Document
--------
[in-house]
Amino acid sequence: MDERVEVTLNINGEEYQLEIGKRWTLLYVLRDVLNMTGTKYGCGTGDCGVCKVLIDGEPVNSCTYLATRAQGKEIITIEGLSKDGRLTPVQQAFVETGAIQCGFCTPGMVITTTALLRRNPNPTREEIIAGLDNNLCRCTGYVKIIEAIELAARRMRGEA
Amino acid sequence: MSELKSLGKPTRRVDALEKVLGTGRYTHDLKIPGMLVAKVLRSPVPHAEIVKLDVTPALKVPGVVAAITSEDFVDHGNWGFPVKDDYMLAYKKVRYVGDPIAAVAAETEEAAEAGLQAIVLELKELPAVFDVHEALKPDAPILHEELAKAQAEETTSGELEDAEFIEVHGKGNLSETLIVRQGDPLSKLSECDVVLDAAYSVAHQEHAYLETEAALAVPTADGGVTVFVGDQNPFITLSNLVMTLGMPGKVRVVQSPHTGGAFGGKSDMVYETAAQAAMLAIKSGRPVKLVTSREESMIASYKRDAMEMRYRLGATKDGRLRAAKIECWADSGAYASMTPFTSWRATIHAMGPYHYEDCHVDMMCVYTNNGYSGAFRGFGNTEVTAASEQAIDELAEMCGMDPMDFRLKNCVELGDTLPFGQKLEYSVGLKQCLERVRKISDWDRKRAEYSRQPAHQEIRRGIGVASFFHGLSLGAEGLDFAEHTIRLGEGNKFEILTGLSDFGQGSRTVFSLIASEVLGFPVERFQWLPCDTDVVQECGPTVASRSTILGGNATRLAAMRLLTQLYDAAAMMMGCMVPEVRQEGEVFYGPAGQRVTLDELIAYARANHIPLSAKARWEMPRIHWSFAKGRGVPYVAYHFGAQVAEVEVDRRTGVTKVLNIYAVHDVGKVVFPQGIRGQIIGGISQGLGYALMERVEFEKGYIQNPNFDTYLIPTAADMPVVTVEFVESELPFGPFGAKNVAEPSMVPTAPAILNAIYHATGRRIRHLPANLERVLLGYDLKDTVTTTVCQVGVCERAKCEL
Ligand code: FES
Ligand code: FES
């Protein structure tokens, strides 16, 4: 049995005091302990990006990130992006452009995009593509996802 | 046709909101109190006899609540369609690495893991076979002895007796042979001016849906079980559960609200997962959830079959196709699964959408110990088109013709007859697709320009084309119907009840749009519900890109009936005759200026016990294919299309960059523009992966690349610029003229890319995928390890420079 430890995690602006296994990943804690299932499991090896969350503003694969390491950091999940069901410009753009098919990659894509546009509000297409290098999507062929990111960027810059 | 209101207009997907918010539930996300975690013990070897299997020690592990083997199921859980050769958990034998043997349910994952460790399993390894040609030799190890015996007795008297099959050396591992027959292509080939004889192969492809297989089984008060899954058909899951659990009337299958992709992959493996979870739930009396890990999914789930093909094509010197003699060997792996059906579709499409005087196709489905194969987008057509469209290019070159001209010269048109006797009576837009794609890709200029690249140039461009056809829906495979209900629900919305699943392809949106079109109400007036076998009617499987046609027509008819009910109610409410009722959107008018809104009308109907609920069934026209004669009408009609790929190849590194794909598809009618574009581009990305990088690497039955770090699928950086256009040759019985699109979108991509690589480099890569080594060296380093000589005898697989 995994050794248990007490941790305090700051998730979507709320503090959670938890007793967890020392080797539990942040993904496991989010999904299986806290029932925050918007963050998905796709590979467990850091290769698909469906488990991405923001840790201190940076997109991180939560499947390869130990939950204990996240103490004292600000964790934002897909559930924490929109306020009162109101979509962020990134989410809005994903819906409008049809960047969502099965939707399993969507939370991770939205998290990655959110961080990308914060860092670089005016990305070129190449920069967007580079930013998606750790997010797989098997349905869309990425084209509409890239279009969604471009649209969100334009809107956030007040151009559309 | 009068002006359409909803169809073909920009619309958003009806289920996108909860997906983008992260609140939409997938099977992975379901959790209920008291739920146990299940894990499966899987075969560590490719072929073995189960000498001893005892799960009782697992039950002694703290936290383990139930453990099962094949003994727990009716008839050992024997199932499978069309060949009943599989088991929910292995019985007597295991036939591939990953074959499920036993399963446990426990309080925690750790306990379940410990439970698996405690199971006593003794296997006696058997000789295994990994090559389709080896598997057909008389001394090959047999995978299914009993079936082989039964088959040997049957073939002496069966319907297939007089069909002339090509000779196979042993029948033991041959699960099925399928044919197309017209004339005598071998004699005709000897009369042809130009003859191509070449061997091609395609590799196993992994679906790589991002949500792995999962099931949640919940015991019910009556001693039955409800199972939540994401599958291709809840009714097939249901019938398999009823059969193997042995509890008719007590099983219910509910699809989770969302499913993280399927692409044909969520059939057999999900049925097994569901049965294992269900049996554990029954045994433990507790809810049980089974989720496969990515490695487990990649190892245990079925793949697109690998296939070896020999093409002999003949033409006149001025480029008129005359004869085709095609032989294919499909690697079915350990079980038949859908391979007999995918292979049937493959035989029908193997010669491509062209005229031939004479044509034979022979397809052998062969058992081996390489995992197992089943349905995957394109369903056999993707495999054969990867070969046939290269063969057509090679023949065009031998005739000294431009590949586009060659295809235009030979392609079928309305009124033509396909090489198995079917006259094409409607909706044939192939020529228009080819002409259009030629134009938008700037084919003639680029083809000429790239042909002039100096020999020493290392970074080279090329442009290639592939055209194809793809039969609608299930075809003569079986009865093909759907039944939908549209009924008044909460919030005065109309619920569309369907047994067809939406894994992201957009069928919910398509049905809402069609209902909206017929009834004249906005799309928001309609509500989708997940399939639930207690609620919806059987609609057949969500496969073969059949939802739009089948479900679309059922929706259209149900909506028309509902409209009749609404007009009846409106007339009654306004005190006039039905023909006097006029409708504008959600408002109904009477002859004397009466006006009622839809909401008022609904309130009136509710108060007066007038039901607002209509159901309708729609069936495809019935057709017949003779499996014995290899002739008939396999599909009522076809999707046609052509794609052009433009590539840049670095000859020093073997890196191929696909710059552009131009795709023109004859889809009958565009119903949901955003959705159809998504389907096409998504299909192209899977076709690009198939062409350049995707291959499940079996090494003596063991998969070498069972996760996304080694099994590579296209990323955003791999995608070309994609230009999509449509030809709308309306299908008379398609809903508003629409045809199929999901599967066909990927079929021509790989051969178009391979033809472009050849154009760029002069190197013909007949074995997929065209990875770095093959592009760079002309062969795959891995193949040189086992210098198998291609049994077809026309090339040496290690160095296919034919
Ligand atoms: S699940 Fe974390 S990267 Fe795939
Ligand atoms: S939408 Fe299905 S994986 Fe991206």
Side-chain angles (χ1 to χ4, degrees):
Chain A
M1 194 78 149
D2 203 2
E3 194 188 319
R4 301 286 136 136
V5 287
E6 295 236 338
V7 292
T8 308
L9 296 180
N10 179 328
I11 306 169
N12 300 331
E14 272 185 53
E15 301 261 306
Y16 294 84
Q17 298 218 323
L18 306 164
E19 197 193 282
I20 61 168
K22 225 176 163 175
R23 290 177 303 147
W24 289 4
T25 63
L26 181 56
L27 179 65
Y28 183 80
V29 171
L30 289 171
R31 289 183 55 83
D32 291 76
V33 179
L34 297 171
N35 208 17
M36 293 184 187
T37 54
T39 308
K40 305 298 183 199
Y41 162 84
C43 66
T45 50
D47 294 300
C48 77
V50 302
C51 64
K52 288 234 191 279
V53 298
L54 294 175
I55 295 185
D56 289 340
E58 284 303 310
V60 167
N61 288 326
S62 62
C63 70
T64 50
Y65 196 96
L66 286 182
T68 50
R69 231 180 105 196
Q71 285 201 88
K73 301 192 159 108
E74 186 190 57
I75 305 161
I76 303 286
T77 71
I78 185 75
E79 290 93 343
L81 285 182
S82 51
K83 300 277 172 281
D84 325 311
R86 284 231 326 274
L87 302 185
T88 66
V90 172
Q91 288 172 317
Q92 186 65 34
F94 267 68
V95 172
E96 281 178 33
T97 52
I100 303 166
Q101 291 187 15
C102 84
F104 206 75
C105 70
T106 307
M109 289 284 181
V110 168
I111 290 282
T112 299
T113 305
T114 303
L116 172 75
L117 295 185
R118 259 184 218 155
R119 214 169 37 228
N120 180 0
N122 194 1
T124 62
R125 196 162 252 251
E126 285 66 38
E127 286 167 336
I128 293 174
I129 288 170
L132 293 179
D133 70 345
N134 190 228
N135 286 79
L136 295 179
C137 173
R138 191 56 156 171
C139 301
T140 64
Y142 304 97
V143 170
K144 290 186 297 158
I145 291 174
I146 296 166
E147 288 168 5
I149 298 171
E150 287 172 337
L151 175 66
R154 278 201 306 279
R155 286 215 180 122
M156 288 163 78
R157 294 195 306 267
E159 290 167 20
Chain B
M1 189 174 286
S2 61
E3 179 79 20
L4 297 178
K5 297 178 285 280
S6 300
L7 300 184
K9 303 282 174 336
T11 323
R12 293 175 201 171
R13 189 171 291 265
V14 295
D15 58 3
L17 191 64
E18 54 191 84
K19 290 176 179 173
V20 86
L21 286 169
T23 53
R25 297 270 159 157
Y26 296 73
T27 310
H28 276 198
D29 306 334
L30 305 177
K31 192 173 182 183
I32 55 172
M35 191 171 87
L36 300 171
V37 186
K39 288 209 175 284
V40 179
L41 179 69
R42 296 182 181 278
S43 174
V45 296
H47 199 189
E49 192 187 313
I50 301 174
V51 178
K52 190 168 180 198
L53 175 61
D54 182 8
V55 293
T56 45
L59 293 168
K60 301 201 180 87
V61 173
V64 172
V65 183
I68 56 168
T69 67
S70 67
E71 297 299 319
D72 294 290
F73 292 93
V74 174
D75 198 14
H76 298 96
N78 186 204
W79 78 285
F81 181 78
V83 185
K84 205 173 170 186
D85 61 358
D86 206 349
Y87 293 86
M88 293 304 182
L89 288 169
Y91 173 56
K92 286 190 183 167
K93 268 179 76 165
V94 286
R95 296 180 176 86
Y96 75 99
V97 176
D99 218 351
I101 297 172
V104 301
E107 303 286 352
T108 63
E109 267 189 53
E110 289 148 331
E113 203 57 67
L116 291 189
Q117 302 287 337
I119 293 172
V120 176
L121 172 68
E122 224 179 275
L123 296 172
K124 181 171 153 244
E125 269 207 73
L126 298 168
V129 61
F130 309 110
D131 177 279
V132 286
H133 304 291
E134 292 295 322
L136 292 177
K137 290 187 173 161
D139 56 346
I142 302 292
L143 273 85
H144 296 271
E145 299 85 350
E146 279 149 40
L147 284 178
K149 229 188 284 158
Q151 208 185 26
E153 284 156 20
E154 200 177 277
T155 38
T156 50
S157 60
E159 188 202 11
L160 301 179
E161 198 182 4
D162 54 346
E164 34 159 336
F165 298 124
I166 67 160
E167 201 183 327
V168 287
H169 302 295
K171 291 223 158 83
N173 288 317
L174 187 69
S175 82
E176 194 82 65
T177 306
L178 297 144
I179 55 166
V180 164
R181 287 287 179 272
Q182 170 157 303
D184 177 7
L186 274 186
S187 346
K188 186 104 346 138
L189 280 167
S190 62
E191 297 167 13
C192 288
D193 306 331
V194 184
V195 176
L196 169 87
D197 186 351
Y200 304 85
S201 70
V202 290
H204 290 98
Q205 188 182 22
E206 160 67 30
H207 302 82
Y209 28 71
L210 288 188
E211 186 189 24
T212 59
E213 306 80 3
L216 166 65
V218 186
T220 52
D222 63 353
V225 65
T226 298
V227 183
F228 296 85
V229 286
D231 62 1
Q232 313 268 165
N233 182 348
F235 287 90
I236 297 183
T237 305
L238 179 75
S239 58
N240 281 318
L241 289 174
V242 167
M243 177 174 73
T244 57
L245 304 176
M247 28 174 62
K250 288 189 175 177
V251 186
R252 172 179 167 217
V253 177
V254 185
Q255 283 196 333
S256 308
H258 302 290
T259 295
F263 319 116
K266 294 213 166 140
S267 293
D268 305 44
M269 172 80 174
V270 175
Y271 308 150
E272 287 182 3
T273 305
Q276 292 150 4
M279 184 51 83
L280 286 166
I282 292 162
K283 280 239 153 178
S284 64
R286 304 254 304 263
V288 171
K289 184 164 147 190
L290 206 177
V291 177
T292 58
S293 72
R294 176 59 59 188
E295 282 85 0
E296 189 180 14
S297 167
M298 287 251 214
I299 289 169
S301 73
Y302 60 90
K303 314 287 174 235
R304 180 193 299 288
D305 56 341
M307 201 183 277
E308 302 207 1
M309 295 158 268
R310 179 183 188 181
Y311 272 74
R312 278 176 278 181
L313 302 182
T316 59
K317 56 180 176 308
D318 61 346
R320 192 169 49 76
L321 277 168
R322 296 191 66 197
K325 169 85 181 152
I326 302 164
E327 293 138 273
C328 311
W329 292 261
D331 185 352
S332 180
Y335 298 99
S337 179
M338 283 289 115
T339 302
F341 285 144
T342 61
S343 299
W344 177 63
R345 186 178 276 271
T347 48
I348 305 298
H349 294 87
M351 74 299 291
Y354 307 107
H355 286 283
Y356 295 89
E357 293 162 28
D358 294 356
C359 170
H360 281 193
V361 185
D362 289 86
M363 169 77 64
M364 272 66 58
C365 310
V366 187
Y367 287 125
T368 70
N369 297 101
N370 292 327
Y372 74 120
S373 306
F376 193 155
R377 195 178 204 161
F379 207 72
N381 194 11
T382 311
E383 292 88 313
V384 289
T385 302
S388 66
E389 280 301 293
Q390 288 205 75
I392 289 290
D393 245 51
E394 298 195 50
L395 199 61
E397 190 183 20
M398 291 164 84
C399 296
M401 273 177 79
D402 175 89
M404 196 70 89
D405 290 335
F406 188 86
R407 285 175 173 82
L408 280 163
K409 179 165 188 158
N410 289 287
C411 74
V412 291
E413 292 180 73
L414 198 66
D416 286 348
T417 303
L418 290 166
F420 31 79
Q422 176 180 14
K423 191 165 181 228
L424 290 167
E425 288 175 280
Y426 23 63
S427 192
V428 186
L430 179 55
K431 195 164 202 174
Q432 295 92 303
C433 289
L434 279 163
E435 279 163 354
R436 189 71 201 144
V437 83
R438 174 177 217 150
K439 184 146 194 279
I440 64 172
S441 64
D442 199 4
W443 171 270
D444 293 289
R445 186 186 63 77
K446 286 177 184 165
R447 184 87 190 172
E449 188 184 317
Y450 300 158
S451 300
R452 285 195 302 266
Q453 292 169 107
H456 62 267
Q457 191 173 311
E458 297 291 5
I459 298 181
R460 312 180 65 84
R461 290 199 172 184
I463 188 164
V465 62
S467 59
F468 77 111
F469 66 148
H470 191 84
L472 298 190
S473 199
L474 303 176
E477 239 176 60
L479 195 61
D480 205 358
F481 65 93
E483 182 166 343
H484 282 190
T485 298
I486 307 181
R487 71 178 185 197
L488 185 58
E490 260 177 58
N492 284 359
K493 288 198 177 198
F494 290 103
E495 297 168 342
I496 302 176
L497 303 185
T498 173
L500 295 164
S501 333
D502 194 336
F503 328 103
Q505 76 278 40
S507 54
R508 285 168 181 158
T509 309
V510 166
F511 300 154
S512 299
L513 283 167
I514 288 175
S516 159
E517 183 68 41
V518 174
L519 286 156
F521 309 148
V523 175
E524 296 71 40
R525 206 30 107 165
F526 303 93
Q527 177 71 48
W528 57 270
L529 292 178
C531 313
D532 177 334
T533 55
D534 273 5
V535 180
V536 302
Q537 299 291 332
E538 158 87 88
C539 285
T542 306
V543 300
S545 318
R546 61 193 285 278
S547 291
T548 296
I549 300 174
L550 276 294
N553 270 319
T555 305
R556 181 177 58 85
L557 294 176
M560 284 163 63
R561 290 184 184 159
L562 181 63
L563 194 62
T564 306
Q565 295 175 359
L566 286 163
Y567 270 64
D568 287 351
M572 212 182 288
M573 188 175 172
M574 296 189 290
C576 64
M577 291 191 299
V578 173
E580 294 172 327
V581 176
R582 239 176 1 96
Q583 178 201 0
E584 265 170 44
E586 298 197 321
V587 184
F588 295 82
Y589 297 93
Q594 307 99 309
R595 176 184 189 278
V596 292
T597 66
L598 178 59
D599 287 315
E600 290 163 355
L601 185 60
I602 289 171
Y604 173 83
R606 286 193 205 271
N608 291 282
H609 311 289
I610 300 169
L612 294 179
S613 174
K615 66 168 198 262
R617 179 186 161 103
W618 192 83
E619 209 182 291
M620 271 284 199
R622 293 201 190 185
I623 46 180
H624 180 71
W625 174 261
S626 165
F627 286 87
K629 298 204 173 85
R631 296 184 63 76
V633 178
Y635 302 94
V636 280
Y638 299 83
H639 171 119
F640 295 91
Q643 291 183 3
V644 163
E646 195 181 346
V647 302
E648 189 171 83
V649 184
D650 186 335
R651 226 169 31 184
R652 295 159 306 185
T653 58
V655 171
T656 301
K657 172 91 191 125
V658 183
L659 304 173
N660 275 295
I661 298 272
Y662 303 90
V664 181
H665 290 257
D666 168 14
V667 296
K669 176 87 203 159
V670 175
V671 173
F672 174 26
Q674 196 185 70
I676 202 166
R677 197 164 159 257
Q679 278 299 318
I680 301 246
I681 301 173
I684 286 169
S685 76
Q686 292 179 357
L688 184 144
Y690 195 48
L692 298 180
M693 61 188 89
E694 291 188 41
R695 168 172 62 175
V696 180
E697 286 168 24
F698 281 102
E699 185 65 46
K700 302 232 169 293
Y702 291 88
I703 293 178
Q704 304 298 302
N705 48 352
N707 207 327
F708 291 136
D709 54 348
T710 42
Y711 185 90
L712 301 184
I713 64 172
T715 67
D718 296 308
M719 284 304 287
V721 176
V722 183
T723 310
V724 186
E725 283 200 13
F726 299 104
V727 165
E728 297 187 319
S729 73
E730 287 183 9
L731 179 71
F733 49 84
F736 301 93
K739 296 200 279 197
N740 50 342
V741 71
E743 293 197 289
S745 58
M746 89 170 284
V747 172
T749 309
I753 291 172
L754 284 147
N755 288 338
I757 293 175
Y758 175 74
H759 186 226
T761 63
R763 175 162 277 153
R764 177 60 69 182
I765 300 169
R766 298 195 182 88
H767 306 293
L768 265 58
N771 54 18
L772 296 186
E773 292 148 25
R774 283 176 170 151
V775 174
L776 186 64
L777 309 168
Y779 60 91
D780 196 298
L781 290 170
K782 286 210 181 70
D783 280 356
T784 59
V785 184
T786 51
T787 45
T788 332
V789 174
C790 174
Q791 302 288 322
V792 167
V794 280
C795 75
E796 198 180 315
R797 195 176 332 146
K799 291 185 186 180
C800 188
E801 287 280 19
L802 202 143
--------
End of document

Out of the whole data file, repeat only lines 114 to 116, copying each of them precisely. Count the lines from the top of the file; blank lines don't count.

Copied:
I128 293 174
I129 288 170
L132 293 179